A lot or a little?
The parents' guide to what's in this game.
What parents need to know
Parents need to know that Naruto to Boruto: Shinobi Striker is an action fighting game for the PlayStation 4 and Xbox One. This is the latest title in the long-running Naruto game franchise based off the anime, which has also included anime, movies, toys, and other products. Focusing mostly on hand-to-hand combat and other forms of melee attacks, players compete to win the Ninja World League Tournament. Gamers mostly punch, kick, and use various special attacks -- like fireballs, shadow possession and clone attacks -- to defeat enemy ninjas (and some supernatural creatures, too). Players can also use blades, scythes, throwing knives, and shurikens (throwing stars) during combat, although no blood or gore's shown. The word "ass" is heard in dialogue, but other than that, there's no inappropriate content in the game.
What's it about?
NARUTO TO BORUTO: SHINOBI STRIKER is a multiplayer-centric action game where up to four friends online can team up and battle another team of four. Your goal is to see which ninjas are the best of the bunch by leveraging your skills, weapons, movements, and chosen play styles (Attack, Defend, Ranged, or Heal). You can choose from familiar ninjas and teams in this universe (including Naruto, Sasuke, and Team 7) or create your own avatar with more than 200 customization items and abilities. This third-person action game has a new "cel-shaded" graphic style -- featuring brighter and more vivid colors for characters, maps, and ninjutsu-- plus the emphasis on vertical play makes combat extra fun as you run up walls or scale buildings while throwing deadly shurikens at enemy ninjas.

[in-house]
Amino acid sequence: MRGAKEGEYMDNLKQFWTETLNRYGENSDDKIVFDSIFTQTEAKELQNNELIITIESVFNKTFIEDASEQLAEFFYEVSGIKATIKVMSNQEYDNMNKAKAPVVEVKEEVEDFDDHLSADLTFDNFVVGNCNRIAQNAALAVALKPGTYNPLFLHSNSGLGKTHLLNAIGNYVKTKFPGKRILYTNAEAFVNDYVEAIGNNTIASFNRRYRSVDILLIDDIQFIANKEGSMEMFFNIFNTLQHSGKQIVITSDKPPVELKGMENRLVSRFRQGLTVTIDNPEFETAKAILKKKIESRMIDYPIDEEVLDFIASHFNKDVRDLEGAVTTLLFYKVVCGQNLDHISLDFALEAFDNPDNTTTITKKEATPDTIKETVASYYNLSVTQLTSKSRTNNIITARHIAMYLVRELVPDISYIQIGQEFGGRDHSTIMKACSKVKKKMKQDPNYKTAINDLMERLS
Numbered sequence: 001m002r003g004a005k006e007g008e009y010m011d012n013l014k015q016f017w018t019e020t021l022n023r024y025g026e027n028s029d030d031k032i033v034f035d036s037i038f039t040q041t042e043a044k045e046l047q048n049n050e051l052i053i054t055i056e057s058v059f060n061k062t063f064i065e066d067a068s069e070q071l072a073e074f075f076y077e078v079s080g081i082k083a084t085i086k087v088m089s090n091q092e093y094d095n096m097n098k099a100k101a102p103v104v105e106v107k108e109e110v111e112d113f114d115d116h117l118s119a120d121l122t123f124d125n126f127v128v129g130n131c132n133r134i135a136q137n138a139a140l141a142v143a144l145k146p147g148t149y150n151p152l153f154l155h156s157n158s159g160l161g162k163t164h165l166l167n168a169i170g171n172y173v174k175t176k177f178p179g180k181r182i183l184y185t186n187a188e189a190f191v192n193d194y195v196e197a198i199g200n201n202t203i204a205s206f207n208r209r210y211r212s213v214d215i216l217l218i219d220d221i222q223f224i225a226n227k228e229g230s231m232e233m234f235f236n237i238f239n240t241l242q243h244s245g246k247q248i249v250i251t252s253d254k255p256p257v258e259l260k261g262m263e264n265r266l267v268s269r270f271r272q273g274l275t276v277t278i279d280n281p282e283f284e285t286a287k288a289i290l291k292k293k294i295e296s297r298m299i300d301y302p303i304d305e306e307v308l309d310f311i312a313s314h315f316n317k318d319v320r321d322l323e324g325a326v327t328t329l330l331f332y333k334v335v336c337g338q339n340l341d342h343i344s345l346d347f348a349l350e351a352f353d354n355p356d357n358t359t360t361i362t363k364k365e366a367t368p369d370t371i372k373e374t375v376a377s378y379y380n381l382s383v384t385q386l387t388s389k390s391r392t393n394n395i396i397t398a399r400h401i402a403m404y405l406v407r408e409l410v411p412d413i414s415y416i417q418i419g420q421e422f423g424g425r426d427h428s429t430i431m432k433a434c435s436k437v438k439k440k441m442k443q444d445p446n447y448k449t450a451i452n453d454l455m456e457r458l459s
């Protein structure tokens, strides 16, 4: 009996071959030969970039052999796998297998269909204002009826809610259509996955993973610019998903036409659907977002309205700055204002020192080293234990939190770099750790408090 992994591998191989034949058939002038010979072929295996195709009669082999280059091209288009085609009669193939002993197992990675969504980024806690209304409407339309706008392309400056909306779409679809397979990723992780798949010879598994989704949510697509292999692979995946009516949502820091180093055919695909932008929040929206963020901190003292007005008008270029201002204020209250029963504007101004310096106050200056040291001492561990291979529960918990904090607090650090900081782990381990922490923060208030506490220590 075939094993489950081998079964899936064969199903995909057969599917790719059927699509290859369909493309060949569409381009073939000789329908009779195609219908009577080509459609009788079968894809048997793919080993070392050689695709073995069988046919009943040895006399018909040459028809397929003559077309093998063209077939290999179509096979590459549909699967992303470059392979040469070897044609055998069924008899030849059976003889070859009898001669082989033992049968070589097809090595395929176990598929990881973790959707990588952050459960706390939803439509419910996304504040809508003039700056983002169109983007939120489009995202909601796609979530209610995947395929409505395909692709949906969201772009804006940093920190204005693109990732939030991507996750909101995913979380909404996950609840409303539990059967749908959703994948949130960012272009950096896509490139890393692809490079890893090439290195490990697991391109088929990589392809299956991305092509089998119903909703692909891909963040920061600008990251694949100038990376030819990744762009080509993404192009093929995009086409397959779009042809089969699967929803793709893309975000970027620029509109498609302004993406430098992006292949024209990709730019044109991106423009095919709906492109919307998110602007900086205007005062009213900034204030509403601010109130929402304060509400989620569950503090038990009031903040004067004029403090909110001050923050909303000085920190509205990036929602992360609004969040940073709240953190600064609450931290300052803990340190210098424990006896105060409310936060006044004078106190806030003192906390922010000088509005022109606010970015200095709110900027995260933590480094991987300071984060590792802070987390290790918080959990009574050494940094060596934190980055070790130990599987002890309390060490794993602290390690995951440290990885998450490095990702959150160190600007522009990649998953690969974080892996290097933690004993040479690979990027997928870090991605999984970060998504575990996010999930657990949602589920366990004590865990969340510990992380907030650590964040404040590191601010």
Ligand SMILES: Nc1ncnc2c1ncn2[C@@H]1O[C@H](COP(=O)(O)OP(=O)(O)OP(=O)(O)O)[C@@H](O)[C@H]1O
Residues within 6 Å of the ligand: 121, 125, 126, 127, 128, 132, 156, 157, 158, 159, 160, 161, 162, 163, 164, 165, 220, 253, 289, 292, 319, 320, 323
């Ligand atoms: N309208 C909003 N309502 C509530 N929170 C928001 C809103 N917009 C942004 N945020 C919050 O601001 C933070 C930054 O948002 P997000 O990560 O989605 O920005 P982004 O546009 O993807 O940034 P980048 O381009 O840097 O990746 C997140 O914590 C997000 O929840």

Is it any good?
Although this multiplayer action game is mostly fun, It's technical glitches keep it from being a fully polished, enjoyable experience you'll return to if you're not a major Naruto fan. Naruto to Boruto: Shinobt Striker lets players go on missions alone to get a feel for the fast-paced movement and fighting, but this game really shines when you look for others to play with and against in an up to eight-person battle. Trash-talking while battling opponents proved to be fun (and funny); it takes time to learn what works and what doesn't to defeat enemy ninjas, master your skills, and winning matches as a team in these vertical urban environments. Co-op missions gives you some purpose to your adventure as well, instead of keeping gameplay as a straightforward fighting game. The action is fast-paced, and seeing multiple ninjas fighting simultaneously is a blast. Timing of your moves and chained combos, use of jutsus is all incredibly important, as well as summoning help when you need it.
Sometimes, though, the action slows down, or there are other technical issues, mostly tied to the camera not following you properly or losing you in a close-quartered environment. These glitches are incredibly frustrating during combat. While there weren't any problems with finding people to play with or against, there could be some synching issues at the start of the match that you may need to wait to the game to fix itself before you take on a co-op mission with your crew. Overall, Naruto to Boruto: Shinobi Striker is fun and frenetic, but you need to have to patience to get through the technical shortcomings. But fans of this franchise will enjoy this fast-paced ninja brawler.
Talk to your kids about ...
Families can talk about violence in video games. Is the violence in Naruto to Boruto: Shinobi Striker affected by the lack of blood and cartoonish presentation of the gameplay? Would the violence be intensified if the visuals were more realistic?
How important are the bonds of friendship, and what are some ways to help out your friends?
- Platforms: PlayStation 4, Windows, Xbox One
- Price: $59.99
- Pricing structure: Paid
- Available online? Available online
- Developer: Bandai Namco
- Release date: October 8, 2018
- Genre: Action/Adventure
- Topics: Magic and Fantasy, Sports and Martial Arts, Adventures, Monsters, Ghosts, and Vampires
- ESRB rating: T for Cartoon Violence, Mild Language
- Last updated: October 09, 2019
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Common Sense Media's unbiased ratings are created by expert reviewers and aren't influenced by the product's creators or by any of our funders, affiliates, or partners.